The radiation belts that surround the Earth contain highly energetic particles that fly around at speed very close to the the speed of light, are sporadically energized and occasionally suddenly disappear. Scientists refer to these most energetic electrons in the near-Earth space as ultra-relativistic as the relativistic effects are very pronounced for these particles. A recent NASA's Van Allen probes mission (ended in 2019) has measured many of these phenomena in the Earth Van Allen Belts for the first time. Measurements showed very unusual rings at these very high energies that can persist in space for month and then suddenly disappear. Data analysis continued years after the mission ended. For example, detailed modeling and analysis by GFZ researcher Yuri Shprits' group revealed the physical mechanisms that cause these structures.
In a series of high-profile publications, the researchers explained that this behavior is due to very peculiar interactions between plasma waves, which are periodic fluctuations of the magnetic and electric fields. In particular, they showed that the dramatic acceleration is local and not due to the diffusion of particles from the outer region. Shprits explains, “these particles surf the plasma waves and gain energy, allowing near-Earth space to heat them locally to enormous energies so that they reach 0.999 of the speed of light.” Such interactions exist only in plasma, the fourth state of matter, he said, and are due to so-called collective behavior. He also said the sudden and dramatic loss in the heart of the radiation belts is due to interactions with waves that can scatter these particles into the atmosphere.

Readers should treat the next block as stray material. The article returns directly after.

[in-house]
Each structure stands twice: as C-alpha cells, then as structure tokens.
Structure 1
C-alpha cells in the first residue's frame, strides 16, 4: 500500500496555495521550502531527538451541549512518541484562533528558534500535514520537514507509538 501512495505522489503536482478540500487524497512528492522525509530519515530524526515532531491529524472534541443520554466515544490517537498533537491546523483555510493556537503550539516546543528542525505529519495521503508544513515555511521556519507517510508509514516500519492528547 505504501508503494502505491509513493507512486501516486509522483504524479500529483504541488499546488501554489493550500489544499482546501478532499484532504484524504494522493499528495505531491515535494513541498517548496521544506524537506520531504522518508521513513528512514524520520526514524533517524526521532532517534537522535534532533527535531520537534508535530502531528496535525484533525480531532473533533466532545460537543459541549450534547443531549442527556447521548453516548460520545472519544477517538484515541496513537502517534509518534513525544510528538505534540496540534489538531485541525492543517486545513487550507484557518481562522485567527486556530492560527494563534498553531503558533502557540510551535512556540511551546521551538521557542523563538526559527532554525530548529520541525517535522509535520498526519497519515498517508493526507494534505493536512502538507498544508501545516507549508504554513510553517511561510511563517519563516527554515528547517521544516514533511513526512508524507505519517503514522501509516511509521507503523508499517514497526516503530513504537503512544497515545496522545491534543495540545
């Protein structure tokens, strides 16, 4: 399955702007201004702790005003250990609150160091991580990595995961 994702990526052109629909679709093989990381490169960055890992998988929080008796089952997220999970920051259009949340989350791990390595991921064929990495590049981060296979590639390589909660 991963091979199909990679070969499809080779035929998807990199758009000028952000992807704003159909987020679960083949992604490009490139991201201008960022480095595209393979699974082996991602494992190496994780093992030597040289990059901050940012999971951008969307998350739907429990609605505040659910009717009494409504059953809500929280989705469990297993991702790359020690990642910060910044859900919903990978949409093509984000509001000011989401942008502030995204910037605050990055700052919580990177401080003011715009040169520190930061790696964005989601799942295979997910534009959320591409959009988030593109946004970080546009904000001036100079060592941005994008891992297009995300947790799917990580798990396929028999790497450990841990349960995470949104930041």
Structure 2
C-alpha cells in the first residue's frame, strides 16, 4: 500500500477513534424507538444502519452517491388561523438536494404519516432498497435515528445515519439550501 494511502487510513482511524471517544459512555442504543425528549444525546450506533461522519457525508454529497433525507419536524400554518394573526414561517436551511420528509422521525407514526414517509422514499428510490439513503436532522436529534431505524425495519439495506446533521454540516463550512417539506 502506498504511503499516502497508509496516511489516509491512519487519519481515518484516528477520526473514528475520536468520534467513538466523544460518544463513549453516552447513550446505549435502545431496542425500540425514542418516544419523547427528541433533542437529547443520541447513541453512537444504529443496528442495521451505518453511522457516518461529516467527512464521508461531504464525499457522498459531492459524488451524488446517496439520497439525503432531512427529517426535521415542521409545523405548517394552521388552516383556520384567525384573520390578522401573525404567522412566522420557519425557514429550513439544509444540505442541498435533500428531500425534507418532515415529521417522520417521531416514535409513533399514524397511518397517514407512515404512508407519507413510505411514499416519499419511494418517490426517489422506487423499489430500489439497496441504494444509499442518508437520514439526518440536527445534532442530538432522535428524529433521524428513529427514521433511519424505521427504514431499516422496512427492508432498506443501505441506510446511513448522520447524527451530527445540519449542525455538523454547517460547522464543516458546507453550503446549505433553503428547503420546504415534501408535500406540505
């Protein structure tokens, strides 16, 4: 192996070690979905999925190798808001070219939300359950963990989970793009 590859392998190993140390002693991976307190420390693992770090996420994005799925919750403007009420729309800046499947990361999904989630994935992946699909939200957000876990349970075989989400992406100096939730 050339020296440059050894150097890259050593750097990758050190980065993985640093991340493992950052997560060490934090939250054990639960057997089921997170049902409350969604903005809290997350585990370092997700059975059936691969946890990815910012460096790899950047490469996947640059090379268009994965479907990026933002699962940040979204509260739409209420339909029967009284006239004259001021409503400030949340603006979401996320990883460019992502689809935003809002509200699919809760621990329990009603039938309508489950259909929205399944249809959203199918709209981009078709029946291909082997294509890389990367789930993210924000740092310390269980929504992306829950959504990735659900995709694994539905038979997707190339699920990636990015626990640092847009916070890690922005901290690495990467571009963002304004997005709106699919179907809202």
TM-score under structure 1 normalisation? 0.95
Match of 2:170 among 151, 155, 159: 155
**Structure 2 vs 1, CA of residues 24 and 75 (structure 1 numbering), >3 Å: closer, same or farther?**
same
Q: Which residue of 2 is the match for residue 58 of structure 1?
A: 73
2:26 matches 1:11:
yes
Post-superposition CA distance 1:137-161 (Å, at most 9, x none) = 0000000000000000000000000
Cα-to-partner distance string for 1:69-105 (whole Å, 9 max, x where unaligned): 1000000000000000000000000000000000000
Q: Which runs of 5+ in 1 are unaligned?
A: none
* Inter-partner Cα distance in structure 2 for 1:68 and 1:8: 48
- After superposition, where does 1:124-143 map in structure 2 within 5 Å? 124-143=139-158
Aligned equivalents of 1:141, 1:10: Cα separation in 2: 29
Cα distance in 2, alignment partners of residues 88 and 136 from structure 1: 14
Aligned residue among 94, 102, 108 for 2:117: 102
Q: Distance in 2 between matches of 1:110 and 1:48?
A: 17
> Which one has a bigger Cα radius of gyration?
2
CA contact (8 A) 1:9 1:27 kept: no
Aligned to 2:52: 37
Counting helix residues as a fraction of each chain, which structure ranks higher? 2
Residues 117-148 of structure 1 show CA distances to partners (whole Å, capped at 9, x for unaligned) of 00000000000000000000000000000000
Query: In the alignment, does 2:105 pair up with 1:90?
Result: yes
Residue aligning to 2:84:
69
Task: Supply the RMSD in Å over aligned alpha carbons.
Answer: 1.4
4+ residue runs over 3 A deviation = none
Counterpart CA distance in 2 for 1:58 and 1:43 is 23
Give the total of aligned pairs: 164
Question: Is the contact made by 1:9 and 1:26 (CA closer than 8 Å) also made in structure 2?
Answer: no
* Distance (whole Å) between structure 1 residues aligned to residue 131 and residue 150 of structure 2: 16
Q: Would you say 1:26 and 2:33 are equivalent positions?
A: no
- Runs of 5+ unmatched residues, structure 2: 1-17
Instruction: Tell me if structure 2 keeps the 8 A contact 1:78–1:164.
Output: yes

The determining factor for the interactions that lead to the acceleration as well as the disappearance of the particles is so-called cold plasma. Although the space plasma is so thin that the particles never collide with each other, the cold particles can collectively influence the surfing of the ultra-relativistic particles on the waves. Based on all these findings and the new physical insight, the authors, led by Yuri Shprits argue that the ultra-relativistic electrons in the radiation belts are a new population of particles. The work has been highlighted as a "editor’s highlight" by the new high-impact AGU journal Science Advances.
Shprits, Y. Y., Allison, H. J., Wang, D., Drozdov, A., Szabo-Roberts, M., Zhelavskaya, I., & Vasile, R. (2022). A new population of ultra-relativistic electrons in the outer radiation zone. Journal of Geophysical Research: Space Physics, 127, e2021JA030214. doi.org/10.1029/2021JA030214